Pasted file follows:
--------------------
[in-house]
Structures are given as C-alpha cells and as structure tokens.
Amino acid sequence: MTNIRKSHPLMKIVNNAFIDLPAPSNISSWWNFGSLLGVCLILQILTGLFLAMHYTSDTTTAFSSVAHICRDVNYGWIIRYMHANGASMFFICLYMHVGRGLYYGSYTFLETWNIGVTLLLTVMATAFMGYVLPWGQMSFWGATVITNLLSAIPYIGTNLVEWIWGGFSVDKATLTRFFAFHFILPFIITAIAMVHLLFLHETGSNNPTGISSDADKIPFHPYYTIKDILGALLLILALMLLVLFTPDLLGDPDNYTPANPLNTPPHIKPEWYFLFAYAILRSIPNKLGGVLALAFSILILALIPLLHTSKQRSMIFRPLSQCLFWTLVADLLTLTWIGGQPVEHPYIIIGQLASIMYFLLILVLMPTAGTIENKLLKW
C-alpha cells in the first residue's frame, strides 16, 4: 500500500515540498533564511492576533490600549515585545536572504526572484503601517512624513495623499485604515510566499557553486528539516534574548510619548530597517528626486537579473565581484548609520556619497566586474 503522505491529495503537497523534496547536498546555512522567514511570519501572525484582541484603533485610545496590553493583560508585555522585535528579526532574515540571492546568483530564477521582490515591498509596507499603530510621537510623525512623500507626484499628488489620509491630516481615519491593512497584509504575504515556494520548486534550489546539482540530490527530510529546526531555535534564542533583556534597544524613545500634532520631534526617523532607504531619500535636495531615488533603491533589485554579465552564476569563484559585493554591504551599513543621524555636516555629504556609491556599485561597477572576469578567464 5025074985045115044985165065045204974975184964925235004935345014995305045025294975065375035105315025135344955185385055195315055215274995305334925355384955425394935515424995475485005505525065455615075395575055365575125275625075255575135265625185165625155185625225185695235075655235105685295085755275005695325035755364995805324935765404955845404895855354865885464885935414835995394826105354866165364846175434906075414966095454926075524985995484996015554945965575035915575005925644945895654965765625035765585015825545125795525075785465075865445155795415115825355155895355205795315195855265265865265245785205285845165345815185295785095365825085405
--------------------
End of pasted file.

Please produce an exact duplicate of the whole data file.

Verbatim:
[in-house]
Structures are given as C-alpha cells and as structure tokens.
Amino acid sequence: MTNIRKSHPLMKIVNNAFIDLPAPSNISSWWNFGSLLGVCLILQILTGLFLAMHYTSDTTTAFSSVAHICRDVNYGWIIRYMHANGASMFFICLYMHVGRGLYYGSYTFLETWNIGVTLLLTVMATAFMGYVLPWGQMSFWGATVITNLLSAIPYIGTNLVEWIWGGFSVDKATLTRFFAFHFILPFIITAIAMVHLLFLHETGSNNPTGISSDADKIPFHPYYTIKDILGALLLILALMLLVLFTPDLLGDPDNYTPANPLNTPPHIKPEWYFLFAYAILRSIPNKLGGVLALAFSILILALIPLLHTSKQRSMIFRPLSQCLFWTLVADLLTLTWIGGQPVEHPYIIIGQLASIMYFLLILVLMPTAGTIENKLLKW
C-alpha cells in the first residue's frame, strides 16, 4: 500500500515540498533564511492576533490600549515585545536572504526572484503601517512624513495623499485604515510566499557553486528539516534574548510619548530597517528626486537579473565581484548609520556619497566586474 503522505491529495503537497523534496547536498546555512522567514511570519501572525484582541484603533485610545496590553493583560508585555522585535528579526532574515540571492546568483530564477521582490515591498509596507499603530510621537510623525512623500507626484499628488489620509491630516481615519491593512497584509504575504515556494520548486534550489546539482540530490527530510529546526531555535534564542533583556534597544524613545500634532520631534526617523532607504531619500535636495531615488533603491533589485554579465552564476569563484559585493554591504551599513543621524555636516555629504556609491556599485561597477572576469578567464 5025074985045115044985165065045204974975184964925235004935345014995305045025294975065375035105315025135344955185385055195315055215274995305334925355384955425394935515424995475485005505525065455615075395575055365575125275625075255575135265625185165625155185625225185695235075655235105685295085755275005695325035755364995805324935765404955845404895855354865885464885935414835995394826105354866165364846175434906075414966095454926075524985995484996015554945965575035915575005925644945895654965765625035765585015825545125795525075785465075865445155795415115825355155895355205795315195855265265865265245785205285845165345815185295785095365825085405